Funny enough the drive was nice because we didn’t have any dogs to walk at the rest stop. But I will say I missed him when I was laying in bed. He’s always around and a few times I woke up looking for him quickly remembering he was at home.

Just before bed I had texted one of my sons at home and he called me – no FaceTimed- (I’ll never get used to it.) And he showed me Rudy and Ridley laying by the front door. He said they had been like that since I left. ( ok they did leave that post in order to eat so they aren’t that sad.) They weren’t suffering. They were eating.

I know sometimes when routines change dogs won’t eat -I have a couple dogs like that who occasionally get too stressed to eat when we are gone. Mostly it happens if we have a new caretaker. But after a couple days they are usually eating again.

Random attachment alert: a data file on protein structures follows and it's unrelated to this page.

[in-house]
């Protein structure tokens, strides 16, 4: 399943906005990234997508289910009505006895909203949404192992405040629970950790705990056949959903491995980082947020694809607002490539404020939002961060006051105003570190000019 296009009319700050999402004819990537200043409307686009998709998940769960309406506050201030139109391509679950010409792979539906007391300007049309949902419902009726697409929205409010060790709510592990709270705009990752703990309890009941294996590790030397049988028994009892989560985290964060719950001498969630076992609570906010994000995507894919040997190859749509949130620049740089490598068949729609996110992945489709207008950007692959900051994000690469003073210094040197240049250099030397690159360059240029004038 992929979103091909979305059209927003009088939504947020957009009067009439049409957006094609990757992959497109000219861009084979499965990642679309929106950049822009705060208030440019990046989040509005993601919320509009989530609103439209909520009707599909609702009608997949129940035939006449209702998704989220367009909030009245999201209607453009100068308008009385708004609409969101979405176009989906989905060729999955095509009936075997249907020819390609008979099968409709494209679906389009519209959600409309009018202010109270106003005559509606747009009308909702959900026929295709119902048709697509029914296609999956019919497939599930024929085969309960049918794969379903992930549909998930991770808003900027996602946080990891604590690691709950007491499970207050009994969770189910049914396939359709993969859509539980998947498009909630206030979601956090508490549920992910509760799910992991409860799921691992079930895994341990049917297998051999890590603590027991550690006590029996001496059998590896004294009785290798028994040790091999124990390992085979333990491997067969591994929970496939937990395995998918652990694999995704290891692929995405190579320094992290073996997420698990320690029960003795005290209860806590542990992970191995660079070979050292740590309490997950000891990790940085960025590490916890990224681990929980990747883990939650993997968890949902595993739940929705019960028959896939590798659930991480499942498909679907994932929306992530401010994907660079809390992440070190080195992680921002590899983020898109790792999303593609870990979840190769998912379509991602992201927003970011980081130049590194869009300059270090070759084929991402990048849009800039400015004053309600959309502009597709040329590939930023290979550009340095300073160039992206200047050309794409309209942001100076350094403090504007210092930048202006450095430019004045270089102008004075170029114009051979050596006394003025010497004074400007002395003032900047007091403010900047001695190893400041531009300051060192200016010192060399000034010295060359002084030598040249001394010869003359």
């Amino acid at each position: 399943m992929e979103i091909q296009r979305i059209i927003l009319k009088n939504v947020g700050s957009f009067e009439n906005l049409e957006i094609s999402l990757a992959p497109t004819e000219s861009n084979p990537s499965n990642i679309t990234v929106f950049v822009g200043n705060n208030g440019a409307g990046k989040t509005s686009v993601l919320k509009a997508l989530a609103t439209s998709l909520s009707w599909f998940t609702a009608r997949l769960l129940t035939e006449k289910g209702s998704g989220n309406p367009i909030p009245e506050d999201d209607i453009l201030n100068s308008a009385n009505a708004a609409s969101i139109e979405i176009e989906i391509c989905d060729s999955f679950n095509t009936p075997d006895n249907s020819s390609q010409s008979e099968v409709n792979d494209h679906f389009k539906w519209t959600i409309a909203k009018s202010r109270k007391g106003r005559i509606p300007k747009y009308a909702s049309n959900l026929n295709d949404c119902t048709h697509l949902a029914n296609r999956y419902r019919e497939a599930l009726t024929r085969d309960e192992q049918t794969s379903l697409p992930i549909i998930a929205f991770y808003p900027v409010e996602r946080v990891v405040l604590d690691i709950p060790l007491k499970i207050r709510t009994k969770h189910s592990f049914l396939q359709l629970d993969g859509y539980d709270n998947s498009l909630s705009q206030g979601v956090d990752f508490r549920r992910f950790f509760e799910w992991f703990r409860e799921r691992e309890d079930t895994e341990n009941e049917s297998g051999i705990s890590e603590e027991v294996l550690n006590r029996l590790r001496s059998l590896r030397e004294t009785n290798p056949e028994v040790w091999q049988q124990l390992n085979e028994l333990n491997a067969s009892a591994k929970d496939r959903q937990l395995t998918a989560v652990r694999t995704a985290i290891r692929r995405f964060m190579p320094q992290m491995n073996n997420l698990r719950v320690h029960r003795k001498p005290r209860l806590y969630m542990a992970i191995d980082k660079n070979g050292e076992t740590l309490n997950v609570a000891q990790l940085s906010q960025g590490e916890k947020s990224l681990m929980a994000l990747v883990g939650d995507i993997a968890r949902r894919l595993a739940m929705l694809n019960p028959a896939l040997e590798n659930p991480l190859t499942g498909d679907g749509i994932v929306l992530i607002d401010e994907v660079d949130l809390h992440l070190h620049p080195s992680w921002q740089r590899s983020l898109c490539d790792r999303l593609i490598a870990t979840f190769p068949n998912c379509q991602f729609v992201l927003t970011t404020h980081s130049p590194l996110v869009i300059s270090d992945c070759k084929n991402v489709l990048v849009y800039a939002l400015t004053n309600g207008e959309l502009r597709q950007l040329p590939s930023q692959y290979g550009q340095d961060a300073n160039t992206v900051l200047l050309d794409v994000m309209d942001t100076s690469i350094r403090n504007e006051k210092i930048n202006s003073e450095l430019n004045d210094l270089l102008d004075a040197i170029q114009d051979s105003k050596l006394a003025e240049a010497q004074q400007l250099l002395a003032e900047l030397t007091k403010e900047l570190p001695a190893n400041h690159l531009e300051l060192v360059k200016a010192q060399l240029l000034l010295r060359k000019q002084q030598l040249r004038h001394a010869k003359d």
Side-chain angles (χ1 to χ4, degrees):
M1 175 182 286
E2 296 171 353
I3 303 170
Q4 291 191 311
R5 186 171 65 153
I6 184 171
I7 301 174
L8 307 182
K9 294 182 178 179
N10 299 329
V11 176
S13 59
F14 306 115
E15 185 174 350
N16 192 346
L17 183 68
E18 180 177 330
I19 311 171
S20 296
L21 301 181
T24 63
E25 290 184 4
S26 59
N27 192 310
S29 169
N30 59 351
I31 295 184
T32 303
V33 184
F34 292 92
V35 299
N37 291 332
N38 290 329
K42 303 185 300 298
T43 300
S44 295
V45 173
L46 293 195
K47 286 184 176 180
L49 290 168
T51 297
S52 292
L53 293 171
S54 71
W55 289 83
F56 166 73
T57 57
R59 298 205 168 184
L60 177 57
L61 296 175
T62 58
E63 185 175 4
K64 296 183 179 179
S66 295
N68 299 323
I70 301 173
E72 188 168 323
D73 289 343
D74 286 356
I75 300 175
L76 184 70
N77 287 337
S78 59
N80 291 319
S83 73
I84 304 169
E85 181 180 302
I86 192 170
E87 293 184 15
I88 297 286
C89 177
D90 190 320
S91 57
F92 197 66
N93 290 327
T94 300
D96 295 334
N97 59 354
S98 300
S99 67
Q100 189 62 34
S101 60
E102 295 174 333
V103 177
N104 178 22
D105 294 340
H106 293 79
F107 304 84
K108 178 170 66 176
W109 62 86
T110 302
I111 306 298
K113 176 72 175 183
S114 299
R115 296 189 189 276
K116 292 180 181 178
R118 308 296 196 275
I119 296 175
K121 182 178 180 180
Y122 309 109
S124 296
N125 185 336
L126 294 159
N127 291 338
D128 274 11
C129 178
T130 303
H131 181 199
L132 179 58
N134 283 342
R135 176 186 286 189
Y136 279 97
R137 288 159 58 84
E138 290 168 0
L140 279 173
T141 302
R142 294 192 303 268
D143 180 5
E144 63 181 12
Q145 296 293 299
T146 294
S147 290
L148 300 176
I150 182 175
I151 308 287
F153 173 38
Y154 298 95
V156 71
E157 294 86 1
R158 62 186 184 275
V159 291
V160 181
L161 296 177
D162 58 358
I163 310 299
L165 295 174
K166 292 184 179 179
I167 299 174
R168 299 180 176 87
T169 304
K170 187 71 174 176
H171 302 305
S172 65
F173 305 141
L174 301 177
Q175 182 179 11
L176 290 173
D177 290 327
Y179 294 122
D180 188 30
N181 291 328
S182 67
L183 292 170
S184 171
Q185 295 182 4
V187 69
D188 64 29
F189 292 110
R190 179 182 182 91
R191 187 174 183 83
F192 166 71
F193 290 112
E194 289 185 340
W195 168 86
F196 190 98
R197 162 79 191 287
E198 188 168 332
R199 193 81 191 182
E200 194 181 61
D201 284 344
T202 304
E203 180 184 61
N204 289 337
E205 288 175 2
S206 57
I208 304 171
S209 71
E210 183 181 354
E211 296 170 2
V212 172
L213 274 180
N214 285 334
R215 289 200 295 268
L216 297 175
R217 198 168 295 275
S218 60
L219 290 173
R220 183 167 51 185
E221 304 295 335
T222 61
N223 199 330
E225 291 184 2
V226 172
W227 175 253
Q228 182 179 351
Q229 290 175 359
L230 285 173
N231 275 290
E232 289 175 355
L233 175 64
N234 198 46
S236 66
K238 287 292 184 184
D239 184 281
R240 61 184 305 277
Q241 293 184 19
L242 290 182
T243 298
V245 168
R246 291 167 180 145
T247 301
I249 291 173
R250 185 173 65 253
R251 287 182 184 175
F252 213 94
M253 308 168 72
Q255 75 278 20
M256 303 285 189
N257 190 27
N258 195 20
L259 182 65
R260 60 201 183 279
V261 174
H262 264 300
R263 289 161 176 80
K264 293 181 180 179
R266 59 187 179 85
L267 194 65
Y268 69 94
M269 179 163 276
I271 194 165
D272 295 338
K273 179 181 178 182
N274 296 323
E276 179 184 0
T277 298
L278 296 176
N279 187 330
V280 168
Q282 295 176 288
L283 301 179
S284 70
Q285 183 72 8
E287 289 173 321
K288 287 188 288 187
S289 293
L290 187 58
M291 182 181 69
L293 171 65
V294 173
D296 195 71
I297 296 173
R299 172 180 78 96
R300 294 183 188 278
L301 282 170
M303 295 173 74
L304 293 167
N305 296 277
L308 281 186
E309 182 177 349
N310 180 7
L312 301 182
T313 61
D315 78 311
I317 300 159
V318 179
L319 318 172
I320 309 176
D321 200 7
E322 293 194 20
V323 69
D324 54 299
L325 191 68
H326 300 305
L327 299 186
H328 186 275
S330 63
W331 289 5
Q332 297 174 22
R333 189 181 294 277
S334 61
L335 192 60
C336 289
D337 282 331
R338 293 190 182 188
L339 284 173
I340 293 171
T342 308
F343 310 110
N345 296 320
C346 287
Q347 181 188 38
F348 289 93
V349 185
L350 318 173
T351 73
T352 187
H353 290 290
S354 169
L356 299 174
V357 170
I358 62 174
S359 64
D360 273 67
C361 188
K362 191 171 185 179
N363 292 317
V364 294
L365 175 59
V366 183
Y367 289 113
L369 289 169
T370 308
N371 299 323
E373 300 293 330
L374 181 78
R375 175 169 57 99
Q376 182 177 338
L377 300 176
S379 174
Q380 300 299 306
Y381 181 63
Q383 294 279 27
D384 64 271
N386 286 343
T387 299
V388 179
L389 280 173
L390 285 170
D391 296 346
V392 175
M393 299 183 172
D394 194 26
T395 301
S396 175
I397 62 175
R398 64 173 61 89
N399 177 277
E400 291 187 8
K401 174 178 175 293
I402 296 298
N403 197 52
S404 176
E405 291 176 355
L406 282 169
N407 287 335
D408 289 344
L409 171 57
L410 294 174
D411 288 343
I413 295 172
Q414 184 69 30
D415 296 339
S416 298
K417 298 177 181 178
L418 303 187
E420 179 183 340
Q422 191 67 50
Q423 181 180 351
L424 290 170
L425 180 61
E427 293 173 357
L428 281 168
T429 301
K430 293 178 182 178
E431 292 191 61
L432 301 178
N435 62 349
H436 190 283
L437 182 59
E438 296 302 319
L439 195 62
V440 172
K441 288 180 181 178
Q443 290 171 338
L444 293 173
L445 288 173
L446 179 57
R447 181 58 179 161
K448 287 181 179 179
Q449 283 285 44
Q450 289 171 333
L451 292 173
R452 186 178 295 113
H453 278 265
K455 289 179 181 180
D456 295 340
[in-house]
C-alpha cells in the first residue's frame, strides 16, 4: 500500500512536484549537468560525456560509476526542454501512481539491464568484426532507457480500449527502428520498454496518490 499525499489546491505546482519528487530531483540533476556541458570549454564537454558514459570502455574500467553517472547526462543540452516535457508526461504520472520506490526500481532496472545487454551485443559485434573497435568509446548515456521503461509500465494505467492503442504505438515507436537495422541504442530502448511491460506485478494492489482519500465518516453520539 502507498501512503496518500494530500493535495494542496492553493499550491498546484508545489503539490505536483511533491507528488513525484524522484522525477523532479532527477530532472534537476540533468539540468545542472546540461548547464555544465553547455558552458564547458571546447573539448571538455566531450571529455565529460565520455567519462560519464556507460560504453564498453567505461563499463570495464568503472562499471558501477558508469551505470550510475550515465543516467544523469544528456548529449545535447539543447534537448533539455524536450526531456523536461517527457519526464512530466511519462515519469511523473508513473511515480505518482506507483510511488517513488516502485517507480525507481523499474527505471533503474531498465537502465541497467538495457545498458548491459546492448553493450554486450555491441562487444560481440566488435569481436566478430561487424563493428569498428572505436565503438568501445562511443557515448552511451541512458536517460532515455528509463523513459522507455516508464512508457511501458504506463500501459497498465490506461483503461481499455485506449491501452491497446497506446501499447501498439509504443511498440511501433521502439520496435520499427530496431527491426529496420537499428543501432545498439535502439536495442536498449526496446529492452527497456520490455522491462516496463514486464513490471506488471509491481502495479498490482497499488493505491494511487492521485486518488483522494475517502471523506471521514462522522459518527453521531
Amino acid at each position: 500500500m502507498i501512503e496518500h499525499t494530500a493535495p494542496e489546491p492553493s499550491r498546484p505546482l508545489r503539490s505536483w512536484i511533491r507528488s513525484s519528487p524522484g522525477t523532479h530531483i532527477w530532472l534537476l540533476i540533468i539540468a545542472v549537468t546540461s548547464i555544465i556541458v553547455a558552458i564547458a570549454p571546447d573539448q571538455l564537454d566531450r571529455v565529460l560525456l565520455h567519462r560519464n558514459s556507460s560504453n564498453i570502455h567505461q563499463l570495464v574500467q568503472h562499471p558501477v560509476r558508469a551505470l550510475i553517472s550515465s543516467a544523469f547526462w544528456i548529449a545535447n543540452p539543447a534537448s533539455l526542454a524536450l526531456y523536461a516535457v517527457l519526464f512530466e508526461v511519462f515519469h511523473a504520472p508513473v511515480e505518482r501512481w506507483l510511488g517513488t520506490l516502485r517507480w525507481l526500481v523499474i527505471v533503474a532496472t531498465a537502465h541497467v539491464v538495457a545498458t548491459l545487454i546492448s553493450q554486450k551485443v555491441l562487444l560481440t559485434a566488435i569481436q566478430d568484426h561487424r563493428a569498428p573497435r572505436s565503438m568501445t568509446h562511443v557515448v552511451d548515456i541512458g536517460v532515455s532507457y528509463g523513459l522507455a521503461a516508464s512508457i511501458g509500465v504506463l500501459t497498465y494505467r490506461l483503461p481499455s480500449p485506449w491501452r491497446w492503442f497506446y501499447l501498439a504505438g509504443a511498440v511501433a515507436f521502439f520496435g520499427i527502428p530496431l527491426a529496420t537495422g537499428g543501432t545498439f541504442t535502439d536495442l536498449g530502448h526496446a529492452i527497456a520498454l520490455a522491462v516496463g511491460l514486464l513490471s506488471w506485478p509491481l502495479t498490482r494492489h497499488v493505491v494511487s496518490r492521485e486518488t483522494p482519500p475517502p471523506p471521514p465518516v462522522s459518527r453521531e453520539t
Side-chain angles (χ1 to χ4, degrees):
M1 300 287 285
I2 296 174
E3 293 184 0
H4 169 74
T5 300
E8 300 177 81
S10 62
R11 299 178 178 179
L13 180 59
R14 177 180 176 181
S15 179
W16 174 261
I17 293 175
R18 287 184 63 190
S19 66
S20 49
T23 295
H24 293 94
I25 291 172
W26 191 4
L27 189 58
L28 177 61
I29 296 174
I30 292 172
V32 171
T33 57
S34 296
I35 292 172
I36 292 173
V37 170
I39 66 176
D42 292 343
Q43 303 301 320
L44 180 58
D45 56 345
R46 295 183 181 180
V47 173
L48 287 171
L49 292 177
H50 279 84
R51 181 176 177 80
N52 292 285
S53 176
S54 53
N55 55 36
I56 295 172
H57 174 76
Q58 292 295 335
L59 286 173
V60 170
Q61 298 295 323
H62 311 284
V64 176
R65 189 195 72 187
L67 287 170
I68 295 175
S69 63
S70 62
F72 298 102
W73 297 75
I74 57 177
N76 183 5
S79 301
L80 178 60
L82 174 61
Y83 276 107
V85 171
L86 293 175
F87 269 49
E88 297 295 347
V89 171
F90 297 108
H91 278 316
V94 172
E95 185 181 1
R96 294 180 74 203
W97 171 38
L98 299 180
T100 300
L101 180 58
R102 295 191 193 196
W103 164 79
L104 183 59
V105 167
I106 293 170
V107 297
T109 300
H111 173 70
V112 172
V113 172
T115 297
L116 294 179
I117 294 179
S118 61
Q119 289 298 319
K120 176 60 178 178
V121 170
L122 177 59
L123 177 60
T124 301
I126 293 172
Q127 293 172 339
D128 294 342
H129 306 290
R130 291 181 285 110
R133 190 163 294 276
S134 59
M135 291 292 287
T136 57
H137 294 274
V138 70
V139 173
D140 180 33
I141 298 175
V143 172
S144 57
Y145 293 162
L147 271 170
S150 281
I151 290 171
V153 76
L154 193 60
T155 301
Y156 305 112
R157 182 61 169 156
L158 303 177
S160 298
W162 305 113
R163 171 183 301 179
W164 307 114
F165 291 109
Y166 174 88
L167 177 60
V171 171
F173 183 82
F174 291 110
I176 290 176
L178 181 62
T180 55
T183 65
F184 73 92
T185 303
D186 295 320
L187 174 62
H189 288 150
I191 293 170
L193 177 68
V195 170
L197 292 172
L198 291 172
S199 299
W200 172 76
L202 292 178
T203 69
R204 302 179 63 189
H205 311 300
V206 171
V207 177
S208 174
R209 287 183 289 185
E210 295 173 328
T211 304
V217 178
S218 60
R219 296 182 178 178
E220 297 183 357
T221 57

Dogs don’t have a concept of time like we do so that always makes me feel better knowing they don’t see the passing of time the same as we do. So I knew he wasn’t pining. Just waiting.

I had a little fun the other night and tried to call him to me on FaceTime and he came to the phone. But was totally confused. He heard my voice and maybe saw something in that phone but i am not sure he saw me. I took a couple photos. He’s certainly sweet.

Anyway when I checked with my son the next morning he said Rudy did lay back by the door after our call but then came to bed with him – he slept in our bedroom. The rest of the pack was in there too so he was going in.

I suspect in another day or even less he may have stopped laying by the door. He would move on to whoever was there. He would be ok.